In preparation for the next BUGB Council I’ve revisited the published Futures booklet (download). I know several people who have slogged their guts out on this process over recent months (and many more whose livelihoods depend on the outcomes) which makes me hesitate to critique it, but this is not the moment for timidity.
Loads of people have ideas (I've blogged mine here and made videos here and here) so it is not easy to reach an agreed way forward. However, the existing proposals miss a transforming opportunity and provide little evidence we are responding to the culture challenge that faces us.
The proposals makes some assumptions which should be challenged, specifically:
1. It doesn’t recognise a distinction between specialist support services and national leadership. There is broad agreement we need to provide specialist resources in finance, communications, safeguarding and ministerial accreditation but it is not clear that those involved providing them should be those engaged in national leadership. In addition some specialist support (ministerial formation, research in mission, Doctrine and Worship) might be better provided by working more closely with Colleges and BMS.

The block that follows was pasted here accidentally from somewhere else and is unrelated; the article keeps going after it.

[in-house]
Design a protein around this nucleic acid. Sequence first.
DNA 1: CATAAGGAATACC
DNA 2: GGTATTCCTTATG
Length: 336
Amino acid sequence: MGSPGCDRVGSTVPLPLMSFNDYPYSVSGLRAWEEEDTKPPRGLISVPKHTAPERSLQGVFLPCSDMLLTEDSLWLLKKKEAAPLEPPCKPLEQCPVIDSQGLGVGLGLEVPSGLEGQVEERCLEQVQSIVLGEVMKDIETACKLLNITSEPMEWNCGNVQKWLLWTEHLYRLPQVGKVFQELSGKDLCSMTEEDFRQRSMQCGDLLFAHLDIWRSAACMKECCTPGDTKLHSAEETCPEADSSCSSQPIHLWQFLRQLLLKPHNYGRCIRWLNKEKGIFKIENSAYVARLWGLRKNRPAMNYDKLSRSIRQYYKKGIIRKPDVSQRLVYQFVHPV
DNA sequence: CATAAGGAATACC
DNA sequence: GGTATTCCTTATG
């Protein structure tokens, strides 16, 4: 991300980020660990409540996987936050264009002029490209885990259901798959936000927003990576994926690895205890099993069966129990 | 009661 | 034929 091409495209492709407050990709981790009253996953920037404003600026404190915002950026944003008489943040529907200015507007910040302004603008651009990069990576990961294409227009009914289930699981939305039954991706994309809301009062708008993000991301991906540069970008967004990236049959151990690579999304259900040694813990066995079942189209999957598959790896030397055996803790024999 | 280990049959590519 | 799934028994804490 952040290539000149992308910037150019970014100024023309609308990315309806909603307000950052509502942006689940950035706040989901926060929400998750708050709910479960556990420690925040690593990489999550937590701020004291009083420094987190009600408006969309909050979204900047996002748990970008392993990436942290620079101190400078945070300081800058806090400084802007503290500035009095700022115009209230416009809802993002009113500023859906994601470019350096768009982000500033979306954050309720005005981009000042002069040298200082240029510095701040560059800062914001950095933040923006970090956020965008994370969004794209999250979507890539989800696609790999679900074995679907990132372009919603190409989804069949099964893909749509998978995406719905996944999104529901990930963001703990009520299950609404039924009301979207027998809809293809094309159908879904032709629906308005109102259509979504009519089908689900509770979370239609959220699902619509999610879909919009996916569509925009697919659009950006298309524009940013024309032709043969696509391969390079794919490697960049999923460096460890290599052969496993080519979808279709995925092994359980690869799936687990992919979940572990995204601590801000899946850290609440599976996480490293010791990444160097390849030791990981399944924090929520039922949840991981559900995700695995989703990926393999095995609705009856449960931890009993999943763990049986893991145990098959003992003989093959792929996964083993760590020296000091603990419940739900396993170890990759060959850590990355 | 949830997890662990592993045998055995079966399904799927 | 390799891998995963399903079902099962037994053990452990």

2. Having a ‘national voice’ does not require us to continue the existing arrangements, nor the creation of new or amalgamated departments within a central rescource. Rather a ‘national voice’ requires us to release a limited number of people to have national ministries that include speaking out on behalf of the denomination.
3. The previous enlargement of Associations increased the sense of isolation between many churches and wider Baptist life. The creation of Association Partnerships is likely to exacerbate this and additionally forces Associations towards formats derived from centralised assumptions rather than organic local arrangements which might improve Association life. Larger Partnerships are unlikely to create economies of scale and the larger the areas the harder it is to use local volunteers.
Rather than talk of national leadership why not talk of National Ministers in a similar way to Regional Ministers, a limited number of people whose ministry is exercised across the denomination rather than associations or local churches. In place of our current SMT we could have two or three National Ministers (General Secretary, NM for Church life and another for Mission) who could work with the Regional Minister team leaders, the President and others. As well as the ecclesiological and theological advantages it would create clearer demarcation between BUGB charity issues (with finance, governance etc) and the ecclesial life of the Union.
Those who have worked on the Futures material deserve our thanks and the proposals would change things. But why just reconfigure elements of the structure in the hope of further development when bold change is what we really need.